‘Not what we want to see…’ – PFA chief cites Man City example in echoing regular Klopp plea

Posted by

It seems that one of Jurgen Klopp’s most frequent bugbears is finally being given the attention it deserves by infuential parties other than the Liverpool manager.

The German has spoken out several times this season about the claustrophobic fixture congestion that the Reds have faced, particularly in terms of being given multiple Saturday 12:30 kick-offs immediately after an international window.

Speaking at the Financial Times Business of Football Summit, PFA chief executive Maheta Molango cited the example of Manchester City in last year’s Champions League final – the 61st and concluding game of their treble-winning season – as proof that elite footballers now face a top-heavy workload which compromises player welfare and even dilutes the quality of the sport.

Referencing the injury suffered by Kevin De Bruyne in that match against Inter Milan, the 41-year-old said (via Liverpool Echo): “It is surely not what we want to see. The Champions League final is supposed to be our Super Bowl.

“It wasn’t because one of the best players in the world, De Bruyne, was out in the 30th minute. [Erling] Haaland was exhausted; Rodri, who is a top athlete, said after 60 minutes he had cramps. For us, we’ve reached a stage where it is not just about the health of the player, it is about us killing the product.”

READ MORE: ‘Saved our lives…’ – Klopp salutes Liverpool hero who provided ‘the real story’ v Southampton

READ MORE: Jurgen Klopp gives three-word answer on whether injured Liverpool trio could return on Saturday

Many of Liverpool’s detractors responded to Klopp’s grievances about fixture congestion with accusations of the 56-year-old being bitter and grumpy, but the points made by an independent and prominent figure in Molango illustrate that the German was right to call it out.

The Reds have already played 41 matches this season (the same as Man City) and, should they progress to the finals of the FA Cup and Europa League, will have 22 more between now and 25th May.

If that potential scenario comes to pass, we won’t have a single free midweek outside the international window until the end of the campaign, and even then most of our players will have no break at all as they’ll be representing their countries in late March.

It’s no wonder that Liverpool have had to endure so many injury problems in recent months when the price of success in knockout competitions is an unrelenting fixture schedule with scant regard for player welfare, a situation which’ll be amplified by the imminent expansions of the Champions League and World Cup.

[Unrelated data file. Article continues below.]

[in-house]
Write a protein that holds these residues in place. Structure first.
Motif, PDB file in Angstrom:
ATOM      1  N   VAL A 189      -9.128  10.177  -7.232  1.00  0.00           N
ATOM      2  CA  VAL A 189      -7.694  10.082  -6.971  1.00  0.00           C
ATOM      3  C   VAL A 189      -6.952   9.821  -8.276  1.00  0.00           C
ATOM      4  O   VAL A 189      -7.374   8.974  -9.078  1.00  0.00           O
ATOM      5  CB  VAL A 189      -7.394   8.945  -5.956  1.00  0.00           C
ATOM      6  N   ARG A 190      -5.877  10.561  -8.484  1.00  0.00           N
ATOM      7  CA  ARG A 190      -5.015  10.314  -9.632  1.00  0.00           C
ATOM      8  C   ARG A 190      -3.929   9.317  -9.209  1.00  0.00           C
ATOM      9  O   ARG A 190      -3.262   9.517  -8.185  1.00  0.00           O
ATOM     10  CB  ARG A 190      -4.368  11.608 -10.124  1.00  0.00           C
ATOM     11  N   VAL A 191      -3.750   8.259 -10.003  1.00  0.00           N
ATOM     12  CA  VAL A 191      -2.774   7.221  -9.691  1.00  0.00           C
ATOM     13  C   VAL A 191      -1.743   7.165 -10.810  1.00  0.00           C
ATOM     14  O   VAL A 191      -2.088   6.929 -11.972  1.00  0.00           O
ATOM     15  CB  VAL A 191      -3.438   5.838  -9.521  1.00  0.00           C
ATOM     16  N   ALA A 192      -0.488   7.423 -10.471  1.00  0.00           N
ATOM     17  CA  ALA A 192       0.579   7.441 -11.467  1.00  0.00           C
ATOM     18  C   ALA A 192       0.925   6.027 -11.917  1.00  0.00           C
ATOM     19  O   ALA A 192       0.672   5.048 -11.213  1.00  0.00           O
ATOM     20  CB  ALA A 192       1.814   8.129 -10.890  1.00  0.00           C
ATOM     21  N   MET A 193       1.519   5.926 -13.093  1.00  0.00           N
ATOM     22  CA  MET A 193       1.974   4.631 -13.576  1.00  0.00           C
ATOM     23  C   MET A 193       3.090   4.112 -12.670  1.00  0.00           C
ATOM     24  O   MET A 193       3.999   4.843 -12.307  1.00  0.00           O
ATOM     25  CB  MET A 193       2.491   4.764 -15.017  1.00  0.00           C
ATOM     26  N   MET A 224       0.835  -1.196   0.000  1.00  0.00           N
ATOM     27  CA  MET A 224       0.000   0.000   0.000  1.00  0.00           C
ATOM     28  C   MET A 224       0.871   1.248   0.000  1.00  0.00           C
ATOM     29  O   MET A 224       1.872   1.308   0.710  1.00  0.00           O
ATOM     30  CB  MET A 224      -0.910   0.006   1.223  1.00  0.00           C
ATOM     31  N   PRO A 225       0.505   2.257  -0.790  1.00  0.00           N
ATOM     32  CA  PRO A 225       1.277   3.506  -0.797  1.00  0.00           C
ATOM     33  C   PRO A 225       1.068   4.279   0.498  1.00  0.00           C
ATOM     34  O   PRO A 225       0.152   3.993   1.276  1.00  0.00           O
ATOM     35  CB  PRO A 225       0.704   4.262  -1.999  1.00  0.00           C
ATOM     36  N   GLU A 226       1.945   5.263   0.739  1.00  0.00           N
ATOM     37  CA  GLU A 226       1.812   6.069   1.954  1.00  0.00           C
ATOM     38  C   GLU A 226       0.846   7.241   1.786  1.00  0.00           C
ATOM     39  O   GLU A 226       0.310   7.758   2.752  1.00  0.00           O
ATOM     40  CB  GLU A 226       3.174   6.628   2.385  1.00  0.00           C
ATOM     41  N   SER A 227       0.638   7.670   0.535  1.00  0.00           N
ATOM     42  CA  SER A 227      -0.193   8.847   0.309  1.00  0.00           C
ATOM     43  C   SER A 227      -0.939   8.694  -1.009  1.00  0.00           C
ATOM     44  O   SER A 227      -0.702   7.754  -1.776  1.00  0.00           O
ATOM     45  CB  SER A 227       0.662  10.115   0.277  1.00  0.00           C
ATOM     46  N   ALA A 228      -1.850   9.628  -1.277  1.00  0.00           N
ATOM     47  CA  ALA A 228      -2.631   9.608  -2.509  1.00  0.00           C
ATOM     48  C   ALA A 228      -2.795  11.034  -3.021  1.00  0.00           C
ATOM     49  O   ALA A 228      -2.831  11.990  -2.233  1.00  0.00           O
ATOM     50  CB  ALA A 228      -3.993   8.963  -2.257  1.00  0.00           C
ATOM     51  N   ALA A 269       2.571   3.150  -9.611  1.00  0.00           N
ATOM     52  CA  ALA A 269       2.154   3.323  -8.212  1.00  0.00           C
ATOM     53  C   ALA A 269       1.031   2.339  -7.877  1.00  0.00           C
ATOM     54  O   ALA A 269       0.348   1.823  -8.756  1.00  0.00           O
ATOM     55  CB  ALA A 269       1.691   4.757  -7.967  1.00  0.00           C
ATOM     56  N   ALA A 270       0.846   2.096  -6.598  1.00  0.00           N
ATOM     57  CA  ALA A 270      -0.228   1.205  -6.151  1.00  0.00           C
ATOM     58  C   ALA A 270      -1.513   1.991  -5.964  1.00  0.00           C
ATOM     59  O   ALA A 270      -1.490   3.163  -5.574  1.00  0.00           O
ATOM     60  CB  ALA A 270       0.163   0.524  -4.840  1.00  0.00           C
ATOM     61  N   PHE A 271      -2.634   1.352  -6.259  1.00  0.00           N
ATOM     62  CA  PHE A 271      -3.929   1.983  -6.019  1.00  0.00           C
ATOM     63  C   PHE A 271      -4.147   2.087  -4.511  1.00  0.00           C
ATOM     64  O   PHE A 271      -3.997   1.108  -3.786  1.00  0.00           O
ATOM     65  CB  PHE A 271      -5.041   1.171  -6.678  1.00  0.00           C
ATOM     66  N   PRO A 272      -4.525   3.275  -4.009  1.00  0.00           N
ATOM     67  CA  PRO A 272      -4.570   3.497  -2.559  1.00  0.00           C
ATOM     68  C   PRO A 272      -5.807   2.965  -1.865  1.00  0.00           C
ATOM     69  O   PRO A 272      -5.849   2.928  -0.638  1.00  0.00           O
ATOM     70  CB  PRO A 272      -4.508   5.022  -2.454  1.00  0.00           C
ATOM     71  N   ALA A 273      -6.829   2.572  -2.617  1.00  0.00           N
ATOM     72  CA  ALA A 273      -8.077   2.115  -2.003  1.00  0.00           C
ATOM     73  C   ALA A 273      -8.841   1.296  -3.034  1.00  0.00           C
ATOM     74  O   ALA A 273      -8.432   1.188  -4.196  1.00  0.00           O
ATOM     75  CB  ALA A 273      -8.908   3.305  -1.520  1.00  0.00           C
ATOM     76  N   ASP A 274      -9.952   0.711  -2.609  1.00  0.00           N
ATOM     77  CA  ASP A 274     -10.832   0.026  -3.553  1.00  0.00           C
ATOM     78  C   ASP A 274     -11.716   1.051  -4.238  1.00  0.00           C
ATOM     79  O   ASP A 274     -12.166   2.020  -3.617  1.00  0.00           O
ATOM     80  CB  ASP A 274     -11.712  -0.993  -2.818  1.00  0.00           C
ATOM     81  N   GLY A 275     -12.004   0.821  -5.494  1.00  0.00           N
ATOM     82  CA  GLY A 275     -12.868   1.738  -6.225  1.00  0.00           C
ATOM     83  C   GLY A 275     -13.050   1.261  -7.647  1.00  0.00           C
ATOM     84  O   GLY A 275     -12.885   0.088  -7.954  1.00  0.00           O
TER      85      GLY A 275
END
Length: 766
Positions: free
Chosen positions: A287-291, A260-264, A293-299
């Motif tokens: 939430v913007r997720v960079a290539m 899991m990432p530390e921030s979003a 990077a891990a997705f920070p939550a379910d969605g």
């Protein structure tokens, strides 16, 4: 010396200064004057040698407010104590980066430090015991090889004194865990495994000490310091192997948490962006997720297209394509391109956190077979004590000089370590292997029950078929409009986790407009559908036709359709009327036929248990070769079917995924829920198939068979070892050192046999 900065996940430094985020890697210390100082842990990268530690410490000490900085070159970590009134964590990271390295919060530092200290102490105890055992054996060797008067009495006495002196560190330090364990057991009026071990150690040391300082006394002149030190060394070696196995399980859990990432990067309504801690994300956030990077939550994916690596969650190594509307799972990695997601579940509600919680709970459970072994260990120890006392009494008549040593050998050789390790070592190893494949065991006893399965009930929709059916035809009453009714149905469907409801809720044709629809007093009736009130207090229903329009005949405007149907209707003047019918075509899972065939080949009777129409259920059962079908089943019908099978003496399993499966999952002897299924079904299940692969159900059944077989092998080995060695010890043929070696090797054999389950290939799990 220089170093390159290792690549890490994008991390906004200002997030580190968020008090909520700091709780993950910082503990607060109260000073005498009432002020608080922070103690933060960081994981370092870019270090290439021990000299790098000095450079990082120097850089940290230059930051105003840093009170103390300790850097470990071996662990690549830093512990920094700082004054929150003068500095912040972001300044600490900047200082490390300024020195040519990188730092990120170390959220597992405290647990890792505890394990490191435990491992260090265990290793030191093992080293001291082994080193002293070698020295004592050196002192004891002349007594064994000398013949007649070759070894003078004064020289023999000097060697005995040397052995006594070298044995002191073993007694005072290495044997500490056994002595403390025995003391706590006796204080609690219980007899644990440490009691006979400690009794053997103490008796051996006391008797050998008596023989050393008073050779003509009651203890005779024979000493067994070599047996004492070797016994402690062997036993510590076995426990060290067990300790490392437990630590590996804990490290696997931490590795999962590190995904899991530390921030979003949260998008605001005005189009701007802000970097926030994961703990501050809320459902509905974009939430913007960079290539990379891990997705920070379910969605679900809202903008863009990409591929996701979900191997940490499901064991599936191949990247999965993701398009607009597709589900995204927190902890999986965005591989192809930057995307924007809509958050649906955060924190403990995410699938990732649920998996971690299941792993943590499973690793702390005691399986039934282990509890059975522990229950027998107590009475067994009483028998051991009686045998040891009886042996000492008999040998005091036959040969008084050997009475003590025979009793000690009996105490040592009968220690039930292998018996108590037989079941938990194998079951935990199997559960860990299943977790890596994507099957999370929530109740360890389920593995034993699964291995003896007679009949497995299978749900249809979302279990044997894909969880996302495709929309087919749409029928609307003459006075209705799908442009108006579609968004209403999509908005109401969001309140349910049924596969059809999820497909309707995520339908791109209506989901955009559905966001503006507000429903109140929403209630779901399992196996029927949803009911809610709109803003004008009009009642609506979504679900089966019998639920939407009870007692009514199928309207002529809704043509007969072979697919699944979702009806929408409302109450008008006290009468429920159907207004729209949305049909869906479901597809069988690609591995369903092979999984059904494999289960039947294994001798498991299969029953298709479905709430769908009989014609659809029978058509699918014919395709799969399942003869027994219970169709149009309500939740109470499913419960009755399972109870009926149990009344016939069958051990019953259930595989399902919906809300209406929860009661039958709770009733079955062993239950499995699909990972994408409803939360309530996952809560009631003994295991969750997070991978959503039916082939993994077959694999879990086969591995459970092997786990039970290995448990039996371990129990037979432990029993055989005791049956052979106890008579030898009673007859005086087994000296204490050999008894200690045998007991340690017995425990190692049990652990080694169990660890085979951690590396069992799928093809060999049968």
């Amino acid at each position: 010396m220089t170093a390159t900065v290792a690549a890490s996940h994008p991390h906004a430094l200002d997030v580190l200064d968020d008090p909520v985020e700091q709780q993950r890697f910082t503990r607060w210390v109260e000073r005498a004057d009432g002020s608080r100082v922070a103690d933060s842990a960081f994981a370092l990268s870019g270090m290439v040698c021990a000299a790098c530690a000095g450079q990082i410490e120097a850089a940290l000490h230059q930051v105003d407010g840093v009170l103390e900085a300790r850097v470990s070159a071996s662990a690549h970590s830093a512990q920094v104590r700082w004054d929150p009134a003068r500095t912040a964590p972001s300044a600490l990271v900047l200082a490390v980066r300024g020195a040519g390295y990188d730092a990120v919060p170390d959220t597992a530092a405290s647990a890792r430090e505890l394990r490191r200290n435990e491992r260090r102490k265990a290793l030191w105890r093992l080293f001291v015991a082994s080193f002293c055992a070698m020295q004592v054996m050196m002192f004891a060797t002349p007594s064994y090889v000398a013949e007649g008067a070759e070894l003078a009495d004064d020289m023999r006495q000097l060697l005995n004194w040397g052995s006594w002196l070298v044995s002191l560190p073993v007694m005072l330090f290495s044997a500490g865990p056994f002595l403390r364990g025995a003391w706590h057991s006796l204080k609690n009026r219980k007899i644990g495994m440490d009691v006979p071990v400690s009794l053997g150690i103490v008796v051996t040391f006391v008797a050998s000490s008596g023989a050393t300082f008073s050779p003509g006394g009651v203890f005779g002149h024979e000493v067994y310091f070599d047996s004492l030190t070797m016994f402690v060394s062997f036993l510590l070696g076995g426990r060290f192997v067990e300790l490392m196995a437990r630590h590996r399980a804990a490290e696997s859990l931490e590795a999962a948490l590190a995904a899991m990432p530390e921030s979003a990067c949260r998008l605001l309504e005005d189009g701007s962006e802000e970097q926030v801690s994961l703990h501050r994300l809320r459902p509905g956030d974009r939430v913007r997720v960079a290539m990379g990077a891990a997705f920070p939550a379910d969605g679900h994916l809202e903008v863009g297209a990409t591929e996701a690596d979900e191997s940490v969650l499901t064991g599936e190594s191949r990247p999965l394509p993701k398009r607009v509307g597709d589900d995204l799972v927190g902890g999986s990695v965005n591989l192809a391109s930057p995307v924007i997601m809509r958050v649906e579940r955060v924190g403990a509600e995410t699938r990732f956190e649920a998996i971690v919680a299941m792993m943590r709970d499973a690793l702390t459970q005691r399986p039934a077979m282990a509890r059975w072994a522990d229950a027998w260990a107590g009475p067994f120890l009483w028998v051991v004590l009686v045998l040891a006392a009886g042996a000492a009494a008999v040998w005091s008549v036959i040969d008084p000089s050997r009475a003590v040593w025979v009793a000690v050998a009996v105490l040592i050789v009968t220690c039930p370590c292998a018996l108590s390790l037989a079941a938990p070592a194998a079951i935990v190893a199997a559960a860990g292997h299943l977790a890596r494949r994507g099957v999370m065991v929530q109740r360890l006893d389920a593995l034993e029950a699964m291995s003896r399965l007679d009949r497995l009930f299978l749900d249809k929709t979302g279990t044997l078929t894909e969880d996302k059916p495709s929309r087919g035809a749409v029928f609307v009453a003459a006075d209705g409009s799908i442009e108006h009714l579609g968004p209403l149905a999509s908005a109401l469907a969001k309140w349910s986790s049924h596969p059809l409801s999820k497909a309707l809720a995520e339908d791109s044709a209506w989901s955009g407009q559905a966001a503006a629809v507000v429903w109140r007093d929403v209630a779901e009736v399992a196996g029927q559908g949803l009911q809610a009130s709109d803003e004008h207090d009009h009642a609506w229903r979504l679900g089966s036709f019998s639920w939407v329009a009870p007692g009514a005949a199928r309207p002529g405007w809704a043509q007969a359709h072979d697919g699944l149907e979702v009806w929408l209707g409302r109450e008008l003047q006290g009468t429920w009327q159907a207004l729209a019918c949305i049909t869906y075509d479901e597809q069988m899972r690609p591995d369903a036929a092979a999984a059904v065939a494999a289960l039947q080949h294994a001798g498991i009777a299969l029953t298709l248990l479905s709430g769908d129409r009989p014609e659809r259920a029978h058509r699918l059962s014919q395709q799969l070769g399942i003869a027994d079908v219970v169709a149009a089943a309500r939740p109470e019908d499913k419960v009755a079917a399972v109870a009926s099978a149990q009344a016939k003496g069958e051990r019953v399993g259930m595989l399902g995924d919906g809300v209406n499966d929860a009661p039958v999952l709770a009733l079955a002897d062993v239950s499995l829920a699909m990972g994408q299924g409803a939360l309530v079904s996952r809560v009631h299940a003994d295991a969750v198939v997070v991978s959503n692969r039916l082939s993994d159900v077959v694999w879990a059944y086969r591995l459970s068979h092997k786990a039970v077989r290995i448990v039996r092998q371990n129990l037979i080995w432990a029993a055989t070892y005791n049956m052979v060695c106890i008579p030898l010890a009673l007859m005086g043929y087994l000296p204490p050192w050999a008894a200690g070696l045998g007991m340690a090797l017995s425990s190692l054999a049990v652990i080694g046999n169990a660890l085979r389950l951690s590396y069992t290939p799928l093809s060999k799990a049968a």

While the flip side has been the window of opportunity given to youngsters like Jayden Danns and Conor Bradley to step up and make a telling impact at first-team level, it doesn’t feel right that it should come at the expense of injuries to senior teammates.

We must surely be reaching the tipping point where elite footballers can’t take any more than what’s already being asked of them by avaricious executives who haven’t a clue about medically recommended recovery periods at the highest level of the sport.

Thank goodness someone of influence is finally listening to the drum that Klopp has been rightly banging for some time.

EOTK Insider with Neil Jones: Klopp’s successor in the Portuguese league? FSG must learn from one summer transfer and much more!

More Stories Jürgen Klopp Liverpool Maheta Molango Manchester City


  1. But you guys were whining when pep said this 2 years ago and said he should shut up and get on with it … more faces than a town hall clock

  2. It’s been wrong for years yet, UEFA introduce a new international tournament, in addition to the European Championship! All the clubs playing in Europe, who get to the latter stages complain about it yet, go on pre season trips, thousands of miles from England, to play for meaningless trophies to earn yet more cash. It needs sorting on both sides of the fence, we can’t complain about too many games and then play 4 or 6 games pre-season, often in two countries hoursapart by plane.

Comments are closed